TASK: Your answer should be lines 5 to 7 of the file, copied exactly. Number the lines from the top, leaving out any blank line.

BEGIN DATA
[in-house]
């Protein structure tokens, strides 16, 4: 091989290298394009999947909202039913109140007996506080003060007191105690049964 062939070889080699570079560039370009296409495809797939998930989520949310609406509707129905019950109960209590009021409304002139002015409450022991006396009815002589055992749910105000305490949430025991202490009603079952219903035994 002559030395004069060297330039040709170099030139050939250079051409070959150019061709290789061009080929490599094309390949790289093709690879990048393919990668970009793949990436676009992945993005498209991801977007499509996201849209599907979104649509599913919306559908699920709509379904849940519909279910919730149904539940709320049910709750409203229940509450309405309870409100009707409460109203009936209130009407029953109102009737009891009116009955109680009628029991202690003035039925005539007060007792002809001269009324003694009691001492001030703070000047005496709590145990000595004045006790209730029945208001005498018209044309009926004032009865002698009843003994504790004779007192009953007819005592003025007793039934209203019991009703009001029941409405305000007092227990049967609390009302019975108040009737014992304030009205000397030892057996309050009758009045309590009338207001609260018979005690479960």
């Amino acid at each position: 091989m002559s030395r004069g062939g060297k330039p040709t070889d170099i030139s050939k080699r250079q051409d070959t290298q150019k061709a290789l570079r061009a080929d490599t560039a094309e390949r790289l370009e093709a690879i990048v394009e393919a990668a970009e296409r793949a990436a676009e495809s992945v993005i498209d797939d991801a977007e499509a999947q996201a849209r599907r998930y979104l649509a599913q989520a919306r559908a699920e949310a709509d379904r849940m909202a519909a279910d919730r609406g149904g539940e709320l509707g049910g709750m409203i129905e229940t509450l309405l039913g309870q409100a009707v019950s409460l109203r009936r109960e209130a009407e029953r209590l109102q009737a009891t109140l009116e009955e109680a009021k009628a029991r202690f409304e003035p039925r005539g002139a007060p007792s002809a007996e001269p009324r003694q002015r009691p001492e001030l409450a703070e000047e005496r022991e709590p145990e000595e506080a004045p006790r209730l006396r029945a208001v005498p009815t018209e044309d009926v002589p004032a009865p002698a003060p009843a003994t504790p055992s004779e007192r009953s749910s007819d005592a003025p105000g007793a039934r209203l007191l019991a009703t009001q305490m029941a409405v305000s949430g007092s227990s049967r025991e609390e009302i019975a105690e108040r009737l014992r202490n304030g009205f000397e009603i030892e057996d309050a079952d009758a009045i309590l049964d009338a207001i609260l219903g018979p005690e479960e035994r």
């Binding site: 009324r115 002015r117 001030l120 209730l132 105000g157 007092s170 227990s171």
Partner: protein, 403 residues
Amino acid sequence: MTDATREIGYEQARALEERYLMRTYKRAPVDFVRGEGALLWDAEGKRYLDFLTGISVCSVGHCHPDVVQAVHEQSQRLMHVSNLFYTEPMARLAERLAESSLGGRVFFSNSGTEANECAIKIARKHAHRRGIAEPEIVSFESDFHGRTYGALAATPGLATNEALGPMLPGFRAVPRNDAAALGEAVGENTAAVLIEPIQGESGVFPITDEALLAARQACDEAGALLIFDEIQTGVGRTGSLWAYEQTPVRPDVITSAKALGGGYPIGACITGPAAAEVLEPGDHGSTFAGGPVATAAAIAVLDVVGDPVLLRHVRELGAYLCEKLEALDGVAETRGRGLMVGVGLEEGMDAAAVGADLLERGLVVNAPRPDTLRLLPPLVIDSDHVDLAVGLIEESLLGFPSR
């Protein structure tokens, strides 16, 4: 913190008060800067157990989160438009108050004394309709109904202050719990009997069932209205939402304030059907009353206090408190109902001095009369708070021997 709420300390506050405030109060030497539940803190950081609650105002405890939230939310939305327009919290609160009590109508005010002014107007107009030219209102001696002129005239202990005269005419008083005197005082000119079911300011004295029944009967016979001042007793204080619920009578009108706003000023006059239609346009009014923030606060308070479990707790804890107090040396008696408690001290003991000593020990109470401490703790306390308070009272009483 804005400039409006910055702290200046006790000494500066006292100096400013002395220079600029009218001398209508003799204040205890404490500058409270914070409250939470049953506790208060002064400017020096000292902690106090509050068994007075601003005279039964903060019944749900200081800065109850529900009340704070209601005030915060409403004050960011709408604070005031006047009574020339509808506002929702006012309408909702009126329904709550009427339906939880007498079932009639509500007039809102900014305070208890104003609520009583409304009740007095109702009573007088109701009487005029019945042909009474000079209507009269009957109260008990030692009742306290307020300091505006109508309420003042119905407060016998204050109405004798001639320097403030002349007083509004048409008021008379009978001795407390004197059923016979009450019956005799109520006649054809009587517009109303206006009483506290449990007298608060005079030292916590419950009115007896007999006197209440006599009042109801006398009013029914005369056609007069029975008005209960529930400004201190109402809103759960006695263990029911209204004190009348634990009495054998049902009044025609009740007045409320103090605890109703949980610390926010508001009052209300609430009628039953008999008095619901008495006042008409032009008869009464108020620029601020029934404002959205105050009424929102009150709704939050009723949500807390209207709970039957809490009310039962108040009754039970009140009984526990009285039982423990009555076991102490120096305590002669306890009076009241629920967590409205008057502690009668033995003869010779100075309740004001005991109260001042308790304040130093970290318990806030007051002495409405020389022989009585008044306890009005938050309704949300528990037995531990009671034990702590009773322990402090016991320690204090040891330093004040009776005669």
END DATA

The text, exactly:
Partner: protein, 403 residues
Amino acid sequence: MTDATREIGYEQARALEERYLMRTYKRAPVDFVRGEGALLWDAEGKRYLDFLTGISVCSVGHCHPDVVQAVHEQSQRLMHVSNLFYTEPMARLAERLAESSLGGRVFFSNSGTEANECAIKIARKHAHRRGIAEPEIVSFESDFHGRTYGALAATPGLATNEALGPMLPGFRAVPRNDAAALGEAVGENTAAVLIEPIQGESGVFPITDEALLAARQACDEAGALLIFDEIQTGVGRTGSLWAYEQTPVRPDVITSAKALGGGYPIGACITGPAAAEVLEPGDHGSTFAGGPVATAAAIAVLDVVGDPVLLRHVRELGAYLCEKLEALDGVAETRGRGLMVGVGLEEGMDAAAVGADLLERGLVVNAPRPDTLRLLPPLVIDSDHVDLAVGLIEESLLGFPSR
């Protein structure tokens, strides 16, 4: 913190008060800067157990989160438009108050004394309709109904202050719990009997069932209205939402304030059907009353206090408190109902001095009369708070021997 709420300390506050405030109060030497539940803190950081609650105002405890939230939310939305327009919290609160009590109508005010002014107007107009030219209102001696002129005239202990005269005419008083005197005082000119079911300011004295029944009967016979001042007793204080619920009578009108706003000023006059239609346009009014923030606060308070479990707790804890107090040396008696408690001290003991000593020990109470401490703790306390308070009272009483 804005400039409006910055702290200046006790000494500066006292100096400013002395220079600029009218001398209508003799204040205890404490500058409270914070409250939470049953506790208060002064400017020096000292902690106090509050068994007075601003005279039964903060019944749900200081800065109850529900009340704070209601005030915060409403004050960011709408604070005031006047009574020339509808506002929702006012309408909702009126329904709550009427339906939880007498079932009639509500007039809102900014305070208890104003609520009583409304009740007095109702009573007088109701009487005029019945042909009474000079209507009269009957109260008990030692009742306290307020300091505006109508309420003042119905407060016998204050109405004798001639320097403030002349007083509004048409008021008379009978001795407390004197059923016979009450019956005799109520006649054809009587517009109303206006009483506290449990007298608060005079030292916590419950009115007896007999006197209440006599009042109801006398009013029914005369056609007069029975008005209960529930400004201190109402809103759960006695263990029911209204004190009348634990009495054998049902009044025609009740007045409320103090605890109703949980610390926010508001009052209300609430009628039953008999008095619901008495006042008409032009008869009464108020620029601020029934404002959205105050009424929102009150709704939050009723949500807390209207709970039957809490009310039962108040009754039970009140009984526990009285039982423990009555076991102490120096305590002669306890009076009241629920967590409205008057502690009668033995003869010779100075309740004001005991109260001042308790304040130093970290318990806030007051002495409405020389022989009585008044306890009005938050309704949300528990037995531990009671034990702590009773322990402090016991320690204090040891330093004040009776005669």